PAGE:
Those of us who remember the old days of Advanced Dungeons & Dragons (or the even more classic editions predating AD&D) can’t help but marvel at the roleplaying renaissance that’s been going on for at least the last ten years or so. In that time, one of the most innovative of these new independently-published RPGs has to be Numenera. Set in the “Ninth World,” (essentially an Earth so transformed by technology and change as to be unrecognizable…but still fundamentally Earth at the same time…you have to play to see what I mean) Numenera brings a host of innovations to the table that old-school gamers could really appreciate.
This article isn’t about the play experience of Numenera, though. Rather, it’s about one mechanic in the game that could easily be ported into your gamified classroom. Useful in any gamified classroom setting, this particular mechanic is uniquely suited to a classroom where you’re using avatars, skill systems or other forms of mimicry.
In every roleplaying game there is a system by which characters earn experience points (XPs), gain levels (reflecting that increased experience) and generally gain abilities to interact with the game world with greater and greater success. These experience point systems make it possible for characters to defeat challenges that in an earlier stage in the game would have been impossible.
Experience systems always begin and end with the evaluation of the player’s work in that particular game session by the gamemaster. Every game has some rubric, (usually not very sophisticated) that helps the gamemaster make decisions about the awarding of experience. Experience points are a highly valuable commodity as they determine the speed at which characters progress.
Numenera has this kind of experience point system, but it adds a twist…there’s also a way for players to award experience points to the other players. That, from a gaming perspective, is revolutionary. In certain circumstances, the gamemaster in Numenera can offer a player what’s called an “intrusion.” In an intrusion, the gamemaster does something or changes something that alters the course of the game or interferes with players’ decision making in some way. Players don’t have to accept an intrusion, but when they do, they earn an experience point for themselves and an experience point that they have to give away to one of their fellow players. In this way, the players themselves are always part of the process of rewarding excellent play.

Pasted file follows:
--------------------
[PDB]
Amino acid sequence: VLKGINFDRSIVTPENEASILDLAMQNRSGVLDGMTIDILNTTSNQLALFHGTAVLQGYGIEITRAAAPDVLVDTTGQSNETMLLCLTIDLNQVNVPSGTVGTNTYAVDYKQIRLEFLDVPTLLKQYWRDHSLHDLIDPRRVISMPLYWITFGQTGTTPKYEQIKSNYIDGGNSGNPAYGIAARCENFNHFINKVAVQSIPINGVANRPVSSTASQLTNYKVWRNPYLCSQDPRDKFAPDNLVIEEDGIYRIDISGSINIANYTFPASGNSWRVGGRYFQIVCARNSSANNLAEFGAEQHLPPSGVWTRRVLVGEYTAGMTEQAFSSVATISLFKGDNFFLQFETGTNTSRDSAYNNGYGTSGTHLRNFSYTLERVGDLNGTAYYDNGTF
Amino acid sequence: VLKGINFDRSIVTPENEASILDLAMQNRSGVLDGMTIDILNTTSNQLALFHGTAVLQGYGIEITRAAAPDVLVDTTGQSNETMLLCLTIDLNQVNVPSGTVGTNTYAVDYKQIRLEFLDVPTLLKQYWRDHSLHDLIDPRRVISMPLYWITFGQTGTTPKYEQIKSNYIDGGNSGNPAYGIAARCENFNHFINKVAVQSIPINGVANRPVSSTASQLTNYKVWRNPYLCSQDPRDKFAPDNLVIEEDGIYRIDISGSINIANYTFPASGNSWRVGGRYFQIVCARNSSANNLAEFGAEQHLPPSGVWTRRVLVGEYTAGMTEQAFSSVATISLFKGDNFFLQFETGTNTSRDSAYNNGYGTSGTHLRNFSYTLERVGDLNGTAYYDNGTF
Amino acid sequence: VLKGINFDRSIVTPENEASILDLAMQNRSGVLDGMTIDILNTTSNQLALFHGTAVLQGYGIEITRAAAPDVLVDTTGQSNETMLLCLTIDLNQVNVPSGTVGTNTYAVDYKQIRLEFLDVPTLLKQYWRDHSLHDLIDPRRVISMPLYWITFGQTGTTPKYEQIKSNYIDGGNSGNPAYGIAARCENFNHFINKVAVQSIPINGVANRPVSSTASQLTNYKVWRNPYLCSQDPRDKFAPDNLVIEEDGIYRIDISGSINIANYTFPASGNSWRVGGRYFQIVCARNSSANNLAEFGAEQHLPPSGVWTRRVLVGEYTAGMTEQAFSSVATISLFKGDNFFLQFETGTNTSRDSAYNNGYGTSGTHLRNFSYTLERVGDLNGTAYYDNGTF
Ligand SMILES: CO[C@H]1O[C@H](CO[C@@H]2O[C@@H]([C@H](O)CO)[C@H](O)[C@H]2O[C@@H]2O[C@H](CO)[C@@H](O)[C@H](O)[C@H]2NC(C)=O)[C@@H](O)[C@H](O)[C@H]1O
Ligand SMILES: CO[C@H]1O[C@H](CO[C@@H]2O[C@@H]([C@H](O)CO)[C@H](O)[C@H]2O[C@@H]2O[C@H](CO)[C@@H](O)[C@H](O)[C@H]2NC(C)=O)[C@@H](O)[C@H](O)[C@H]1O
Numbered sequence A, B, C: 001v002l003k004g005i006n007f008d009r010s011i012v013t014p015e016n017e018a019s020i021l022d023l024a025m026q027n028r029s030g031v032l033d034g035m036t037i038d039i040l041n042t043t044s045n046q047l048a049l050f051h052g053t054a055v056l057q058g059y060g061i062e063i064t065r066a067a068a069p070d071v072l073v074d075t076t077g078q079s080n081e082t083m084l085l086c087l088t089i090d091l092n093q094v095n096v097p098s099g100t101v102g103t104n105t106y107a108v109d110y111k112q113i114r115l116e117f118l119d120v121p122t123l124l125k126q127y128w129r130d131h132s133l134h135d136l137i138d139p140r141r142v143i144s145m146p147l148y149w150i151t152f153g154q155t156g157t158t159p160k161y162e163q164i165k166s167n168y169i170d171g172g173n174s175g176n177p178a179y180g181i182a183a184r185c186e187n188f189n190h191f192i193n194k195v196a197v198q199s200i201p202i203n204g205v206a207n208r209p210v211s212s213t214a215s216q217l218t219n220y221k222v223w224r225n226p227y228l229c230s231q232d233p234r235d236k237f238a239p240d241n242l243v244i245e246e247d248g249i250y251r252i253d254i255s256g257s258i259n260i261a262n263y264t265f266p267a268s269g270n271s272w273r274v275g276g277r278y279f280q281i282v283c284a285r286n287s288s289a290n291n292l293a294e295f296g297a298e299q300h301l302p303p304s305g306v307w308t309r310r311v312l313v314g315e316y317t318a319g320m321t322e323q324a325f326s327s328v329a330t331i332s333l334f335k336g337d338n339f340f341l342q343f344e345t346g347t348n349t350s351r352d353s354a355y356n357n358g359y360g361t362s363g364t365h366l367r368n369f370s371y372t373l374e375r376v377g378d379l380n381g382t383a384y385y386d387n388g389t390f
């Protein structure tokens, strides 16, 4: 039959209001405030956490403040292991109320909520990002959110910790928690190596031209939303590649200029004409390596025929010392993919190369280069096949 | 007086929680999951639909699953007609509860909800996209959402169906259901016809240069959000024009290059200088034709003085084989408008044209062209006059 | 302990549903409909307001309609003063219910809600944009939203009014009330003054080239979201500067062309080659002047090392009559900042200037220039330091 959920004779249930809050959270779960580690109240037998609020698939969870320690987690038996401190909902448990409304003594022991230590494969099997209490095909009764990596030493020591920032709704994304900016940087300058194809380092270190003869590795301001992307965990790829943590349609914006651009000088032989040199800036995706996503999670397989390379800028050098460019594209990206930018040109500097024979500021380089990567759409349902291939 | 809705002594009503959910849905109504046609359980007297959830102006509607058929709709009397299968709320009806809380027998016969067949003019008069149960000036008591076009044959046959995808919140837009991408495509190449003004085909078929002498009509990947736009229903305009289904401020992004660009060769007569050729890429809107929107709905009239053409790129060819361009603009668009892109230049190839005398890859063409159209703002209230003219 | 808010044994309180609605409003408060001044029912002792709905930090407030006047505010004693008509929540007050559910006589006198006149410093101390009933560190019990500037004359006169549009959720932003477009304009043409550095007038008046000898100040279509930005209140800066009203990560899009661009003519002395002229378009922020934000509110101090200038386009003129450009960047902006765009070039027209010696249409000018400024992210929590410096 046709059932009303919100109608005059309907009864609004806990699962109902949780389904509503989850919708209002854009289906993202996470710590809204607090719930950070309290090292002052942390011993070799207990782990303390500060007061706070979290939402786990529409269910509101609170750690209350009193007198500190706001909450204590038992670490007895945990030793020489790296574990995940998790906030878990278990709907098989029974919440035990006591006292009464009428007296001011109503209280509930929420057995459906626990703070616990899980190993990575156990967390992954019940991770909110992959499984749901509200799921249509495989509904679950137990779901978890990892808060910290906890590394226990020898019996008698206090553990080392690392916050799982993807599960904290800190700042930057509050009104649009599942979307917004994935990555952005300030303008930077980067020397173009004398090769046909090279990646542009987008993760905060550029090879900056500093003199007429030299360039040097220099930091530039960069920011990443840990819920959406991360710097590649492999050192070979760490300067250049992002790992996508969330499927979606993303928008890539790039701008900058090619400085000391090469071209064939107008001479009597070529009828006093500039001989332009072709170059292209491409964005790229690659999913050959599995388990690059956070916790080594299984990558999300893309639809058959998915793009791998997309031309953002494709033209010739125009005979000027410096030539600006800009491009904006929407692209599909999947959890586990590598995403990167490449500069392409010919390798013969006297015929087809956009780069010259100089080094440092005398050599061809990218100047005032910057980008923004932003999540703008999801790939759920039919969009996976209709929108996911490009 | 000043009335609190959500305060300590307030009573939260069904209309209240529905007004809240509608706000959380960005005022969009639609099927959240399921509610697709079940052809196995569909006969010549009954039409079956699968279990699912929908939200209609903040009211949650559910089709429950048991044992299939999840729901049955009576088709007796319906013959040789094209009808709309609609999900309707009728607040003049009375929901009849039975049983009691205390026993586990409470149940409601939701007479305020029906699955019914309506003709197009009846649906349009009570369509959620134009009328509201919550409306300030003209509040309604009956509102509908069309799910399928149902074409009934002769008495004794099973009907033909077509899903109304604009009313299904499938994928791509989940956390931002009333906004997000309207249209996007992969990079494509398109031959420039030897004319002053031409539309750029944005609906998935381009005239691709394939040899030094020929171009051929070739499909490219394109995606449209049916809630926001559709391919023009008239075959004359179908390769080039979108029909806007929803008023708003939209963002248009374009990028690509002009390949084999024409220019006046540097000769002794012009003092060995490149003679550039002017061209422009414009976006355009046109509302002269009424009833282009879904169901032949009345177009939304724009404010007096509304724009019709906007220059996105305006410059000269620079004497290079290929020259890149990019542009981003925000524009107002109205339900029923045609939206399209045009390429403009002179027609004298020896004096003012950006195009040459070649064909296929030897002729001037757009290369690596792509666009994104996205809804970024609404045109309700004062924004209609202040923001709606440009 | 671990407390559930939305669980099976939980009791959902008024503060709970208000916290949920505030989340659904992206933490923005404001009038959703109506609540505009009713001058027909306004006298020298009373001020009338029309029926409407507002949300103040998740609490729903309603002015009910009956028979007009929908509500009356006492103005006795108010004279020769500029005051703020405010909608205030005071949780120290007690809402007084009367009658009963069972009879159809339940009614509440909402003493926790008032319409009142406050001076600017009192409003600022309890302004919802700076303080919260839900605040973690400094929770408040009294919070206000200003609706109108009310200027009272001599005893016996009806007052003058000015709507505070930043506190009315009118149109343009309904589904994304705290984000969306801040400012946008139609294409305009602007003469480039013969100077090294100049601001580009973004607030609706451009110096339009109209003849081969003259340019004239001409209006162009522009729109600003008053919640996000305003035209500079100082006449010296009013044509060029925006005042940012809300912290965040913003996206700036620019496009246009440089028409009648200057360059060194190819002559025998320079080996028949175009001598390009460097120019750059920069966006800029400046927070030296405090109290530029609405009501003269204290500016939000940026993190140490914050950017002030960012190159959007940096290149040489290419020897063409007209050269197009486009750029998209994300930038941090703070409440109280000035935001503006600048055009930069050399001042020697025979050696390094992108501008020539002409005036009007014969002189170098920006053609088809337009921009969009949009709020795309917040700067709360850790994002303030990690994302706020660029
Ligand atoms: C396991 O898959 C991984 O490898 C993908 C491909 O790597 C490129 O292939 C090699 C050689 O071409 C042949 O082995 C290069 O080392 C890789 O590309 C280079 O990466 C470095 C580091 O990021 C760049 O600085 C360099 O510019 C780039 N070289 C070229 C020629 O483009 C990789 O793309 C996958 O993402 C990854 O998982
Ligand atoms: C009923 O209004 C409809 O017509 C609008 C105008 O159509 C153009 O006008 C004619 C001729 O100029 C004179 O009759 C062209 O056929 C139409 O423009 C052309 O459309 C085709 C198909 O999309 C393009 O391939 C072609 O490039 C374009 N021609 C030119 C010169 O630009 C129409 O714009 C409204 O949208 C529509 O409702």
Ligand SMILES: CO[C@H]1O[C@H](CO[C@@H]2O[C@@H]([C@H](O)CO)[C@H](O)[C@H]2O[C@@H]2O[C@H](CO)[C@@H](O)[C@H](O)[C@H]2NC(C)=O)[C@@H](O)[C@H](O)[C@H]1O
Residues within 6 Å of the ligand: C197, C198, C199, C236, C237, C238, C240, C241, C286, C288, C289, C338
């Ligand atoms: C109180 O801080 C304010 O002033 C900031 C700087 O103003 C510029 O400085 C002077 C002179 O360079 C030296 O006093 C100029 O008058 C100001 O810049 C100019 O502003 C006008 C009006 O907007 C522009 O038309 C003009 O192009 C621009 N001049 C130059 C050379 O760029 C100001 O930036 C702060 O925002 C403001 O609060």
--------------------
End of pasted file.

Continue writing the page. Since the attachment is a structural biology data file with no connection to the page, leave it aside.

Envision a class experience where your students have created avatars to represent themselves. Over the course of the unit/course, the avatars in question are going to gain experience through defeating obstacles and gaining knowledge and skills (sound familiar?). You could create a list of skills that are of interest to you…that you want your students to gain mastery in (like using punctuation correctly, understanding the difference between parts of a cell or synthesizing non-fiction reading) and give your students the capacity to recognize these skills in their peers. Perhaps there are some skills that an avatar can level only by gaining experience from fellow players.
In this way, you help your students understand the particulars of the learning objective. Moreover, you help them see the value of these particulars and to see the value contributed to the class as a whole by different classmates. This can, with thoughtful management by you, help develop a positive classroom culture.